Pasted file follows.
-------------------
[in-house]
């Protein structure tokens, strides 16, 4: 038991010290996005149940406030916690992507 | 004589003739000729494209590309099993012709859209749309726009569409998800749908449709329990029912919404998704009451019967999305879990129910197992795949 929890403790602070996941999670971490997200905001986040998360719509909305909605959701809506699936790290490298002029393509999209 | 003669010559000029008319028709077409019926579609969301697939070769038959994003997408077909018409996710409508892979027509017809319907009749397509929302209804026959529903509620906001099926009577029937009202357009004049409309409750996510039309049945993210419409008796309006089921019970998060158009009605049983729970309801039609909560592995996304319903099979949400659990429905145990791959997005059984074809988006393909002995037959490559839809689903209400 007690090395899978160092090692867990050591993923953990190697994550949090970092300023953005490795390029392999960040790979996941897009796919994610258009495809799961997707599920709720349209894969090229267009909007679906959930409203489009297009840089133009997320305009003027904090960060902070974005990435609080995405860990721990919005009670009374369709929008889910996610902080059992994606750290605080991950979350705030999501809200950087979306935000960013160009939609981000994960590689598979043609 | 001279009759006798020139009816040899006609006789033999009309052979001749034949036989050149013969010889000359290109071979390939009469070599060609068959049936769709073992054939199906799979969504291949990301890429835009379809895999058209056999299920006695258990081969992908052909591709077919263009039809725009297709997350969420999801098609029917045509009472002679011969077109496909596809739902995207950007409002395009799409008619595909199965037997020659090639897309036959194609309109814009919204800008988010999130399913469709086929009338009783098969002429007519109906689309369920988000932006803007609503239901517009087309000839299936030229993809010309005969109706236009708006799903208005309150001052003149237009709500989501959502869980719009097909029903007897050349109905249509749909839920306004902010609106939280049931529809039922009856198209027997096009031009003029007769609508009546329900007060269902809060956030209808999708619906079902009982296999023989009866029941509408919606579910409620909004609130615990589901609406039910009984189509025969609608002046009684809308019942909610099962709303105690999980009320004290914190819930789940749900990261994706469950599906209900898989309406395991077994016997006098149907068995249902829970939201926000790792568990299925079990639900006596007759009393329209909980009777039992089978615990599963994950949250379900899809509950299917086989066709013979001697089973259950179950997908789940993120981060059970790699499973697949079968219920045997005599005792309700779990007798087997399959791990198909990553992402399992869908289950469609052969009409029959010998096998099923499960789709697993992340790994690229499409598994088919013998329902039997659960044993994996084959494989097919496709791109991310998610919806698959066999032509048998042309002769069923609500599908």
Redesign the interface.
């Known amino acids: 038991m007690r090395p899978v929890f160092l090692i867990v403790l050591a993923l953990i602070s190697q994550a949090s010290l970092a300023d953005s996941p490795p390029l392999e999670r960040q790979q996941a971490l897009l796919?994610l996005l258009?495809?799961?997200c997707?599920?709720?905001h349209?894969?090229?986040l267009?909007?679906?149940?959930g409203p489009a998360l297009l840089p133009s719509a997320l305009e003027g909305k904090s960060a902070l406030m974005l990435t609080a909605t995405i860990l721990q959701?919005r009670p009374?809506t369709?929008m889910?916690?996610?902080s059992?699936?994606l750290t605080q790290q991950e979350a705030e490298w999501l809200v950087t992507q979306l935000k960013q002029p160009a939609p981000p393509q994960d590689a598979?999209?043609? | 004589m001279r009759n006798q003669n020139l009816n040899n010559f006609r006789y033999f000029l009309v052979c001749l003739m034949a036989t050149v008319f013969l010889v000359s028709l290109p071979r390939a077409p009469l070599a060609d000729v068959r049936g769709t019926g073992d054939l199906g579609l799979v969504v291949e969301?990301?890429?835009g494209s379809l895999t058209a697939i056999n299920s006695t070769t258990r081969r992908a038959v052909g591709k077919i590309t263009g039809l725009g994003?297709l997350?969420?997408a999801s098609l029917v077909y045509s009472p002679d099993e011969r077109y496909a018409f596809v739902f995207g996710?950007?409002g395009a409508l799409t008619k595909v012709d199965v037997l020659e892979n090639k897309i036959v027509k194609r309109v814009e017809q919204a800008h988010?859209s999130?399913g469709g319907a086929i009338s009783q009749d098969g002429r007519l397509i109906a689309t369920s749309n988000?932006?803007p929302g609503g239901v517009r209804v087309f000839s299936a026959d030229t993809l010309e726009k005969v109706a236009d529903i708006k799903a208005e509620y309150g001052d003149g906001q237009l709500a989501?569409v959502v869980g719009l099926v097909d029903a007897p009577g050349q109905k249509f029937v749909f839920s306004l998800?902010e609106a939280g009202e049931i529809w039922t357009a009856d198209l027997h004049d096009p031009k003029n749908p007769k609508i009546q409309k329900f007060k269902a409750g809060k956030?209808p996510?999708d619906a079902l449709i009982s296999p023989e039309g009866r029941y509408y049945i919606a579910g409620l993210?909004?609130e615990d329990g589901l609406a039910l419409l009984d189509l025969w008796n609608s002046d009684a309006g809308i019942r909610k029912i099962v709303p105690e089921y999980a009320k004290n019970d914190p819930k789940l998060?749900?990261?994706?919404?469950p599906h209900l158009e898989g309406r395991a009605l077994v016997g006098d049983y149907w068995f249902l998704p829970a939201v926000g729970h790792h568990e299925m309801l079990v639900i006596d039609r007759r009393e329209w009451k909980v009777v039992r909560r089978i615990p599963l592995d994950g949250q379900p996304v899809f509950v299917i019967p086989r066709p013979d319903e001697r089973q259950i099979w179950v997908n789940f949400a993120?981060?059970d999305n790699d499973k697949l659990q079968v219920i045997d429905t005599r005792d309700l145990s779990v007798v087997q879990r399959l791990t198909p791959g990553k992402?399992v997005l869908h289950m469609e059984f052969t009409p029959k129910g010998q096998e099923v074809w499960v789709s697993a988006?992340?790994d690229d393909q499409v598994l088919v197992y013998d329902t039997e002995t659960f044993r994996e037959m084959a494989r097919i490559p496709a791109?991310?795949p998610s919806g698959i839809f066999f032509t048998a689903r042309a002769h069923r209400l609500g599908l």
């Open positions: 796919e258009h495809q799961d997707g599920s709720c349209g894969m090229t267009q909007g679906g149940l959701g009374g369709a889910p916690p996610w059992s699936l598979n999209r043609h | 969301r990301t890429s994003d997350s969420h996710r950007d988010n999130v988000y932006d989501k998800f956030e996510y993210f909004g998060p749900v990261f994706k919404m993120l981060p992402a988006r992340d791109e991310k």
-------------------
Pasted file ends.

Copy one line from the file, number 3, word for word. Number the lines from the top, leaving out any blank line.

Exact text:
Redesign the interface.